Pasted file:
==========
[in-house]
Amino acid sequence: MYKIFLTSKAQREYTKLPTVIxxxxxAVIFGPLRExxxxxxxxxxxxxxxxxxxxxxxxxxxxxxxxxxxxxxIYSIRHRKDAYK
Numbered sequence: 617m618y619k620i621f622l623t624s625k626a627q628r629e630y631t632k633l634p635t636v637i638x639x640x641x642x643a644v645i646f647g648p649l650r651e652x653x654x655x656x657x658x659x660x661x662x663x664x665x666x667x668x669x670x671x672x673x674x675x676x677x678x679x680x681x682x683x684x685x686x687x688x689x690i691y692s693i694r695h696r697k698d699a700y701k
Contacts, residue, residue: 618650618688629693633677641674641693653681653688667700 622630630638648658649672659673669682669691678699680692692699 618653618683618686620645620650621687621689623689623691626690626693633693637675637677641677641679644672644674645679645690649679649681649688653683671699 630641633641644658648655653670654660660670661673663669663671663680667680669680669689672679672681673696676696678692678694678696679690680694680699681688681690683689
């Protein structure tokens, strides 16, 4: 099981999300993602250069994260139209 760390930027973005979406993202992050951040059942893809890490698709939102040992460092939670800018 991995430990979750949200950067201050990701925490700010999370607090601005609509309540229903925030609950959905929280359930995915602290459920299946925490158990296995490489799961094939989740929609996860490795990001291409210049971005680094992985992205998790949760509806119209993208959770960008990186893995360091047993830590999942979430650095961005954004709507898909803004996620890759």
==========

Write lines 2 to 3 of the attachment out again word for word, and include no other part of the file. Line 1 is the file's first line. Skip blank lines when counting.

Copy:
Amino acid sequence: MYKIFLTSKAQREYTKLPTVIxxxxxAVIFGPLRExxxxxxxxxxxxxxxxxxxxxxxxxxxxxxxxxxxxxxIYSIRHRKDAYK
Numbered sequence: 617m618y619k620i621f622l623t624s625k626a627q628r629e630y631t632k633l634p635t636v637i638x639x640x641x642x643a644v645i646f647g648p649l650r651e652x653x654x655x656x657x658x659x660x661x662x663x664x665x666x667x668x669x670x671x672x673x674x675x676x677x678x679x680x681x682x683x684x685x686x687x688x689x690i691y692s693i694r695h696r697k698d699a700y701k